Re-learning to eat animals: a review of “Killing It” by Camas Davis
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Re-learning to eat animals: a review of “Killing It” by Camas Davis


In the world of food I often feel like there is very little compromise. There is a big divide, which is social, cultural, and moral that forces people to make ultimatums between vegetarianism/veganism or an omnivorous lifestyle. People who don’t eat meat do so for many different reasons, but a lot of them do so … Continue reading

“A False Report: A True Story of Rape in America”: or a history of not believing women
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“A False Report: A True Story of Rape in America”: or a history of not believing women


I know several men and women who have been affected by sexual assault and rape. Some of the cases of rape involved strangers, the man waiting in the shadows ready to attack. What I would call the traditional understanding of rape. However, the majority of the cases of rape from the people I know have … Continue reading

“Middlesex” a review: when we don’t have the right words for identity
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“Middlesex” a review: when we don’t have the right words for identity


  Jeffrey Eugenides’ novel Middlesex is a breathtaking inter-generational novel that addresses issues of the complex history of Eastern Europe, Greek identity, Greek-American identity, growing up in the U.S., and intersex and other LGBTQA identities. It would be easy to talk all day about the complexities of this novel as well as Eugenides’ exquisite prose … Continue reading

The ethics of crime solving and privacy: a review of “I’ll Be Gone in the Dark”
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The ethics of crime solving and privacy: a review of “I’ll Be Gone in the Dark”


If you are a fan of true crime writing, you will be well aware of Michelle McNamara’s work: I’ll Be Gone in the Dark: One Woman’s Obsessive Search for the Golden State Killer. It is a truly chilling, terrifying, unsettling, and complicated story that spans decades. Since its release, the cold case also became extremely … Continue reading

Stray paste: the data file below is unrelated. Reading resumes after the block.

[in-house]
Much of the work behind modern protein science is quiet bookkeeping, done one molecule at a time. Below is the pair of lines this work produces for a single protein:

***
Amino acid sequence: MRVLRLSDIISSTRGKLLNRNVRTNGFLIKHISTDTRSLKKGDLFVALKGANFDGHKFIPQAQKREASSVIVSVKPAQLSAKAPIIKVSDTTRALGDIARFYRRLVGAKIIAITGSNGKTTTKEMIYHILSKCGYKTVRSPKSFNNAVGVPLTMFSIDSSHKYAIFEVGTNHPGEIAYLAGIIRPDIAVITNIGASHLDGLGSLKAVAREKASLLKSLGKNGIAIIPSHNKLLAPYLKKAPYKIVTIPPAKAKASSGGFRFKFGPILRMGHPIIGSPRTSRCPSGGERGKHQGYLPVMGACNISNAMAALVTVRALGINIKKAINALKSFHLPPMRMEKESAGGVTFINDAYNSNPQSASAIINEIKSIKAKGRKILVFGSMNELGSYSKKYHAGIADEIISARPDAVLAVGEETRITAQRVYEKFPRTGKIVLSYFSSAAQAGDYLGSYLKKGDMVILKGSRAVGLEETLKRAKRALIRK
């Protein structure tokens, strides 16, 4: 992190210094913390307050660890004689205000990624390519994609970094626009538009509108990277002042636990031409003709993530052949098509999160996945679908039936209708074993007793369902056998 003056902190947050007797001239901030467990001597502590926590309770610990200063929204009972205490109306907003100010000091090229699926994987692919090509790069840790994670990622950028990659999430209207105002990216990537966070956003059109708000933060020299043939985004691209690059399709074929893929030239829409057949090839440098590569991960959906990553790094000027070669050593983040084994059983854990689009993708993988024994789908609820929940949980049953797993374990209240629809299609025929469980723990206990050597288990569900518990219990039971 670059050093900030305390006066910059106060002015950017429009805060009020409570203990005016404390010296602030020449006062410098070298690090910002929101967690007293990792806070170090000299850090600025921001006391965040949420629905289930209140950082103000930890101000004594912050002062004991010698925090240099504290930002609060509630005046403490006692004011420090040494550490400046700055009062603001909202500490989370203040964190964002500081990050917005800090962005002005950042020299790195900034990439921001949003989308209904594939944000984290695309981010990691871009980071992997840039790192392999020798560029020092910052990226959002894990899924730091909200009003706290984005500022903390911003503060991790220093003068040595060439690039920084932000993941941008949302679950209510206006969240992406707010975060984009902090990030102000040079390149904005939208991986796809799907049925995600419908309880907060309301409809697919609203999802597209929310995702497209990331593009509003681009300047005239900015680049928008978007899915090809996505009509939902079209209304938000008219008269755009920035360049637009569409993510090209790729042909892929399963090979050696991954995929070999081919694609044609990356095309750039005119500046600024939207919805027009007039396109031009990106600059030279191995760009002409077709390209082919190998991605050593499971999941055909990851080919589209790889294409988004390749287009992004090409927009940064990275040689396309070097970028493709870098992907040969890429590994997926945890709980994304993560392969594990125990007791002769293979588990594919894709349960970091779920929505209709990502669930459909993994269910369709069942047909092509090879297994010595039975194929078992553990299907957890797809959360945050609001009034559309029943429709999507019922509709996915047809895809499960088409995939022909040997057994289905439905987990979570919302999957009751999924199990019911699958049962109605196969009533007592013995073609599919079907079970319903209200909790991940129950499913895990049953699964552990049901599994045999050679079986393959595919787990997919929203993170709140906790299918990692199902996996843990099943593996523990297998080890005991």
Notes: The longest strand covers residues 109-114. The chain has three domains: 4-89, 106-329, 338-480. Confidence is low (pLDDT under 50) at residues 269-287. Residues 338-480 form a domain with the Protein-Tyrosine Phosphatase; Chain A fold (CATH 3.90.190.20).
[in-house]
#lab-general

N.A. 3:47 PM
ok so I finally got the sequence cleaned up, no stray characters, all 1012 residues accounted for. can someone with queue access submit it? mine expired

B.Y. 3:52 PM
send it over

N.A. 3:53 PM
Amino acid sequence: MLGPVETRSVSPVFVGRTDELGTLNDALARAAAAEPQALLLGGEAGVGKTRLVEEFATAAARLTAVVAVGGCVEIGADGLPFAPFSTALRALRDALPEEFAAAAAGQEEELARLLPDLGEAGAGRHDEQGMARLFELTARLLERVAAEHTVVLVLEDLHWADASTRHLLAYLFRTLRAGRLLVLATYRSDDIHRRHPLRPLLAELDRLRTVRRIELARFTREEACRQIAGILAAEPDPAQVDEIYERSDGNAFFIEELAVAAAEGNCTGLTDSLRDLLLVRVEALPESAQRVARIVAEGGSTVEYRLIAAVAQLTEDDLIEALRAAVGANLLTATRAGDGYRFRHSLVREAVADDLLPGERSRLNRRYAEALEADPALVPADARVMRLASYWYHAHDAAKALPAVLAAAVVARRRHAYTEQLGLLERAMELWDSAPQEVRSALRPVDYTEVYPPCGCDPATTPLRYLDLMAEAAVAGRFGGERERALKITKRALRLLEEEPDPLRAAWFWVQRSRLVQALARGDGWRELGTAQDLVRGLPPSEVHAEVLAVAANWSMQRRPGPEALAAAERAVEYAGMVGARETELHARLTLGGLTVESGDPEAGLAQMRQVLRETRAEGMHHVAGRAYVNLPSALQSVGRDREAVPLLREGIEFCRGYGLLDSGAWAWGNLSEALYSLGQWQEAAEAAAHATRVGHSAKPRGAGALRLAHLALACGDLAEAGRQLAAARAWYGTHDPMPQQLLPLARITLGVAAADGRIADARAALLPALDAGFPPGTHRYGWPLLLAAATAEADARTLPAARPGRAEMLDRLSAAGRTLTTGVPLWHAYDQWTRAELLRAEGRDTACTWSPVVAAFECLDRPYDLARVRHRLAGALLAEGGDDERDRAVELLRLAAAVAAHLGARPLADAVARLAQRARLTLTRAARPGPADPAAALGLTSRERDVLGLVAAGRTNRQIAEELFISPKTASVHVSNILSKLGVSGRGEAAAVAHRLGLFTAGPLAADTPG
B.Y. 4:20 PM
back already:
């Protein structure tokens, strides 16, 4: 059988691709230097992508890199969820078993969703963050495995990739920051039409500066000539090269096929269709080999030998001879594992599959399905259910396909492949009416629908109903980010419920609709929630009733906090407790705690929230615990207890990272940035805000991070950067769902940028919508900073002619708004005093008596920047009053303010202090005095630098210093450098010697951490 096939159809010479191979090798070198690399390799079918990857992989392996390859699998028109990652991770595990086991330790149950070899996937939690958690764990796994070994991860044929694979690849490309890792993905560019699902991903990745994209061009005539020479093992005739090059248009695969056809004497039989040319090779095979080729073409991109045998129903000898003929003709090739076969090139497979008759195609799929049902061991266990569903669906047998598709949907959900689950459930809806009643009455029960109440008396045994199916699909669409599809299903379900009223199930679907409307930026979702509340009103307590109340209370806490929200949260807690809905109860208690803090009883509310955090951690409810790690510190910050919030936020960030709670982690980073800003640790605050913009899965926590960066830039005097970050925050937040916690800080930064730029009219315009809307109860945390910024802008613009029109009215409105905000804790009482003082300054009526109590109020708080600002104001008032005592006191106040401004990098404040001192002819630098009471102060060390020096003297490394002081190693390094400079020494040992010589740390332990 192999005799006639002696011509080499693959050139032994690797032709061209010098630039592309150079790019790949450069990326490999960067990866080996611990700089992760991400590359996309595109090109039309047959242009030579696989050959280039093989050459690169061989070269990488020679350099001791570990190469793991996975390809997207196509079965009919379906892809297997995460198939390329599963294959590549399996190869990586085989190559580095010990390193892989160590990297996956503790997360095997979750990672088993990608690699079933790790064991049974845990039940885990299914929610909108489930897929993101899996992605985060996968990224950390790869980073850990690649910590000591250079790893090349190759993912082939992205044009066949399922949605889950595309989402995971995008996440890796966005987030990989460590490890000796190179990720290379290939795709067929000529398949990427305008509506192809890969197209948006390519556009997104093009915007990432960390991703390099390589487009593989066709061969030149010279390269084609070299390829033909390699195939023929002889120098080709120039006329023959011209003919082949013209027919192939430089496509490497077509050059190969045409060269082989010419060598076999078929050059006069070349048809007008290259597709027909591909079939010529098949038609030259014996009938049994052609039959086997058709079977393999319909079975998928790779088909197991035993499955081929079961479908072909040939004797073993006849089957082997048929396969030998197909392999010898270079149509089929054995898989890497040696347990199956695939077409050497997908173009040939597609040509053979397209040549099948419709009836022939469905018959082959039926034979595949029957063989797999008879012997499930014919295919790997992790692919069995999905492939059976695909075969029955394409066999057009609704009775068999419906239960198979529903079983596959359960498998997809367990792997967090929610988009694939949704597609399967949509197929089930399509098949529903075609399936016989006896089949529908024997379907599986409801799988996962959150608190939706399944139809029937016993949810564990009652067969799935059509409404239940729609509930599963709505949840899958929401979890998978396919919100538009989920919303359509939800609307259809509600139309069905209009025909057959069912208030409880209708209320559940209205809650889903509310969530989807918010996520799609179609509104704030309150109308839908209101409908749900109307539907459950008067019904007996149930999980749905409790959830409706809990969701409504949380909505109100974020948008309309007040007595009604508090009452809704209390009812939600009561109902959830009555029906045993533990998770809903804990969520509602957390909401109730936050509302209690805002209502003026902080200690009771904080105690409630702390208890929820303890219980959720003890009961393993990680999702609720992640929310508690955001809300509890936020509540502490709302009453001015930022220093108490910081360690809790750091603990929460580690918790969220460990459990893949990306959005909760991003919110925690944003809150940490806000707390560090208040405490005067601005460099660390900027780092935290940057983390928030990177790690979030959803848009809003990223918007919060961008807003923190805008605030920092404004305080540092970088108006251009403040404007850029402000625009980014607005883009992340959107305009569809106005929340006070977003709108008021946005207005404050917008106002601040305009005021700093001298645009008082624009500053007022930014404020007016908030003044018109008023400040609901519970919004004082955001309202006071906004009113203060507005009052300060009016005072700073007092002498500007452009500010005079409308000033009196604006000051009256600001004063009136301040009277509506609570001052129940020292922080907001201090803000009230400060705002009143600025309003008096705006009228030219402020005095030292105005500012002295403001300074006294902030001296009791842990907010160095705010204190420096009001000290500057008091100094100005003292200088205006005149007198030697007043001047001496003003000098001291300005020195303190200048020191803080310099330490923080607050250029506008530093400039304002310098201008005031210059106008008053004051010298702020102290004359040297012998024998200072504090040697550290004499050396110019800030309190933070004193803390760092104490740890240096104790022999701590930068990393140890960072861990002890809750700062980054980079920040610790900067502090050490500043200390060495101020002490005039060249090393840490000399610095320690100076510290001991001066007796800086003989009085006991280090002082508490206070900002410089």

Frankenstein’s monster by any other name: a comparative review of Ahmed Saadawi’s and Mary Shelley’s monsters
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Frankenstein’s monster by any other name: a comparative review of Ahmed Saadawi’s and Mary Shelley’s monsters


Mary Shelley wrote her novel Frankenstein in 1818, which tells of the young scientist Victor Frankenstein who experiments with nature and biology to reanimate a human. Frankenstein’s monster is a combination of body parts. He is hideous in form, yet cannot escape the universal human desire to love and to be loved. Frankenstein’s monster is … Continue reading

“Educated”: how do we talk about mental health and parent/child relationships?
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“Educated”: how do we talk about mental health and parent/child relationships?


In recent years there has been a shift in the Western world in the way that we talk about mental health. Stigma has been addressed head-on and real discussions are happening online, face-to-face, in doctor’s offices, and over the phone about mental health. People are coming forward and talking about their mental health and people … Continue reading